writes "The Raspberry Pi foundation has just announced the Raspberry Pi B+ and the short version is — better and the same price.
With over 2 million sold the news of a RPi upgrade is big news. The basic specs haven't changed much, same BC2835 and 512MB of RAM and the $35 price tag. There are now four USB ports which means you don't need a hub to work with a mouse, keyboard and WiFi dongle. The GPIO has been expanded to 40 pins but don't worry you can plug your old boards and cables into the lefthand part of the connector and its backward compatible. As well as some additional general purpose lines there are two designated for use with I2C EEPROM. When the Pi boots it will look for custom EEPROMs on these lines and optionally use them to load Linux drivers or setup expansion boards. What this means is that expansion boards can now include identity chips that when the board is connected configures the Pi to make use of them — no more manual customization.
The change to a micro SD socket is nice, unless you happen to have lots of spare full size SD cards around. It is also claimed that the power requirements have dropped by half to one watt which brings the model B into the same power consumption area as the model A. This probably still isn't low enough for some applications and the forums are no doubt going to be in full flow working out how to reduce the power even further.
There are some other minor changes, comp video is now available on the audio jack and the audio quality has been improved. But one big step for Raspberry Pi is that it now has four holes for mounting in standard enclosures — this really lets the Pi go anywhere.
http://www.raspberrypi.org/int..."Link to Original Source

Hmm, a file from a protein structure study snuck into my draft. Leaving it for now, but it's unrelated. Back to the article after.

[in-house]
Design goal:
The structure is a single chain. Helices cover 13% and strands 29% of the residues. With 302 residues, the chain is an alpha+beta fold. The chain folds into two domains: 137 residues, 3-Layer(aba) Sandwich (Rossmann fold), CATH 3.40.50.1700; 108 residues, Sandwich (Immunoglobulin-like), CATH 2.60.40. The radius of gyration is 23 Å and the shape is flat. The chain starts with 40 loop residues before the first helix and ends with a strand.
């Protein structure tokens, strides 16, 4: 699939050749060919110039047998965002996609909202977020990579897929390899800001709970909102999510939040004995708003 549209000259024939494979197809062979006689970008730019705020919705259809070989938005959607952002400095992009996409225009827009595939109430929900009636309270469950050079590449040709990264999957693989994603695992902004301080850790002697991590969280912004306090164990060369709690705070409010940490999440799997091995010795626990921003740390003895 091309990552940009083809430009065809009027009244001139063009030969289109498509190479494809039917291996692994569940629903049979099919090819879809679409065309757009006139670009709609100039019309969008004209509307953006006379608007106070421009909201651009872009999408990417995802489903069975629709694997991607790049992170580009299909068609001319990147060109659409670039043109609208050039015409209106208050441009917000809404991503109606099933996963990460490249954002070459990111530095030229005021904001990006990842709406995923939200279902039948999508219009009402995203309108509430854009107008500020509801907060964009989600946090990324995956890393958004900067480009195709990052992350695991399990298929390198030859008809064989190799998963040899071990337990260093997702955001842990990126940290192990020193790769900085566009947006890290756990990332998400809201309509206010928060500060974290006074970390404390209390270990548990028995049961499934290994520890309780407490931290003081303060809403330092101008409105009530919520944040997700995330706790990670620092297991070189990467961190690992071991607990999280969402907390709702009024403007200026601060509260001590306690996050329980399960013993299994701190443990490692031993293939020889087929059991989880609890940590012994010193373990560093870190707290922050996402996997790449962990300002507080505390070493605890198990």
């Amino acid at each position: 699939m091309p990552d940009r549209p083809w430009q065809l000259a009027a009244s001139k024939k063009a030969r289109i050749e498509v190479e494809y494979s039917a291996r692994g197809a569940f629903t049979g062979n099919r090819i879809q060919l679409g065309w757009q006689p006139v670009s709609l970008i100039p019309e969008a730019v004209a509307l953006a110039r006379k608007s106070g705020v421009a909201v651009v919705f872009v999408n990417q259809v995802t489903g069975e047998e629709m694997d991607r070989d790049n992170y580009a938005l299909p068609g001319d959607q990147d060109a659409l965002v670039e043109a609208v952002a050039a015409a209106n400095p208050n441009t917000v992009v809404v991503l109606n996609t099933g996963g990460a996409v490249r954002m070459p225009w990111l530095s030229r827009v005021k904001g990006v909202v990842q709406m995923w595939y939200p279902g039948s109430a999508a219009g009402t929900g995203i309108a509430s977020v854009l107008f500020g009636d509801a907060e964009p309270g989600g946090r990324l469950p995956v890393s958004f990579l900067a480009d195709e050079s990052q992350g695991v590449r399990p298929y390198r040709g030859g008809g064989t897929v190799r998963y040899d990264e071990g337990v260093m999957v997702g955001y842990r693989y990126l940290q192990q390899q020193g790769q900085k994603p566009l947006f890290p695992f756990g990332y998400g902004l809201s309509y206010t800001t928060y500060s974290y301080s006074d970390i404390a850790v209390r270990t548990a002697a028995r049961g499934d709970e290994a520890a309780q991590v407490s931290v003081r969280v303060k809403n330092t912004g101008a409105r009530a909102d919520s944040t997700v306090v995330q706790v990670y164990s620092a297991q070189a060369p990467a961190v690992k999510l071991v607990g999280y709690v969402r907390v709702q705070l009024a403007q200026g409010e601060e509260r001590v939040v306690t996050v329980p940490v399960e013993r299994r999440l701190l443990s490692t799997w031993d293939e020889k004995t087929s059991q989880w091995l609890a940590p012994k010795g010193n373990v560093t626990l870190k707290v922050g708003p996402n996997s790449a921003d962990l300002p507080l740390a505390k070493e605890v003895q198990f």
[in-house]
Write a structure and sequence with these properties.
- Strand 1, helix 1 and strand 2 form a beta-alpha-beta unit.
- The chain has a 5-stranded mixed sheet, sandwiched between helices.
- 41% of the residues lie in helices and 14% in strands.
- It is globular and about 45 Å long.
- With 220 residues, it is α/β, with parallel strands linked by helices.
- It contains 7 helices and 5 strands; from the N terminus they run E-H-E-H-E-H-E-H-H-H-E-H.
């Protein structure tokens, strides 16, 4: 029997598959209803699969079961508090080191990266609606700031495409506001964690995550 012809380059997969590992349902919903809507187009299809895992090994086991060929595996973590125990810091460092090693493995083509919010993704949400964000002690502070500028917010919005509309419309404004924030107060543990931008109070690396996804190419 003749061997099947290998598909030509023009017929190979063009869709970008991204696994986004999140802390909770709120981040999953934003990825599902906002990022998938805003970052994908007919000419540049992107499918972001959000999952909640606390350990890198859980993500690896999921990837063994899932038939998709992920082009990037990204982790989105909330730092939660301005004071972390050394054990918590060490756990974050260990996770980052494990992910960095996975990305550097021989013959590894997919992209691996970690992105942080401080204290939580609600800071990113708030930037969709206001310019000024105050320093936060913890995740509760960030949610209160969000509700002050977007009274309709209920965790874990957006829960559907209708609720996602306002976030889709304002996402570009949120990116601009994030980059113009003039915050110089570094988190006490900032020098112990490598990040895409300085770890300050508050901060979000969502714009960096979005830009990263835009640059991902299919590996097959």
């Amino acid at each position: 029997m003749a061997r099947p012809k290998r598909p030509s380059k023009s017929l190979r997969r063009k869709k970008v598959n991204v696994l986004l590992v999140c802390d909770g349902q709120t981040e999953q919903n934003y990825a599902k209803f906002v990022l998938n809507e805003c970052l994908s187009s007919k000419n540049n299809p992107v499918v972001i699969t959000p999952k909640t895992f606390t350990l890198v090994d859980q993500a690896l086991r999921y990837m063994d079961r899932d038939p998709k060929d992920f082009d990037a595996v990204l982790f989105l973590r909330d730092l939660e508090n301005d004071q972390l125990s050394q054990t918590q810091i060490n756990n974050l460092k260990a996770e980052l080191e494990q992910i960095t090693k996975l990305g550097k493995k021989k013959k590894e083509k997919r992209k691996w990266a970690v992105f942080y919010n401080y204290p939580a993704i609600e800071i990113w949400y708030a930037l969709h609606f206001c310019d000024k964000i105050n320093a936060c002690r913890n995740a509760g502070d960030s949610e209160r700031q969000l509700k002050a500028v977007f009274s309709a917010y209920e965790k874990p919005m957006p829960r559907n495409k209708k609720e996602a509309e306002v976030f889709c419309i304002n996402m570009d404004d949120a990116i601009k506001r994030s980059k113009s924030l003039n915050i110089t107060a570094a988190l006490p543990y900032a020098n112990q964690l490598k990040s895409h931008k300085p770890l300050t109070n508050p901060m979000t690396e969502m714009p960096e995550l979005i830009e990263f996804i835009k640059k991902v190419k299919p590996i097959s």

writes "Due to its importance in the history of computing the UK's Computer Conservation Society embarked on a 4-year project to build a replica of EDSAC. The main challenge facing the team of volunteers who are working on the rebuild is the lack of documentation. There are almost no original design documents remaining so the rebuild volunteers have to scrutinize photographs to puzzle out which bits go where.
However, three years into the project a set of 19 detailed circuit diagrams have come to light and been handed to the EDSAC team by John Loker a former engineer in the University of Cambridge Mathematical Laboratory.
"I started work as an engineer in the Maths Lab in 1959 just after EDSAC had been decommissioned. In a corridor there was a lot of stuff piled up ready to be thrown away, but amongst it I spotted a roll of circuit diagrams for EDSAC. I'm a collector, so I couldn't resist the urge to rescue them. "
In the main the documents confirm that the team has been correct in most of its re-engineering assumptions, but the drawings have thrown up a few surprises. The most significant discrepancy between the original and the reconstruction that the papers reveal is in the "initial orders" (boot ROM in modern terminology). In the absence of fuller information, the reconstruction team had considered and rejected one possibility which was in fact the one that was used by the original engineers. That will now be rectified in the reconstruction which is due for completion in later 2015."Link to Original Source
writes "Udacity has announced a new credential designed to appeal to employers and those wanting to embark on a high-tech career. The program will launch with nanodegrees for entry-level Front-End Web Developers, Back-End Web Developers, and Mobile iOS Developers.
In his announcement of this new initiative, which continues the career-readiness theme that distinguishes Udacity from other MOOC providers, Sebastian Thrun describes a nanodegree as delivering:
"a new kind of compact, hands-on, and flexible online curriculum. They are designed to help you effectively learn the most in-demand skills, when you need them, so that you can land your dream job."
The cost of a nanodegree is expected to be about $200 per month and one is expected to take between 6-12 month to complete with a time commitment of 10 hours per week. Scholarships are expected to be available for "underrepresented students""Link to Original Source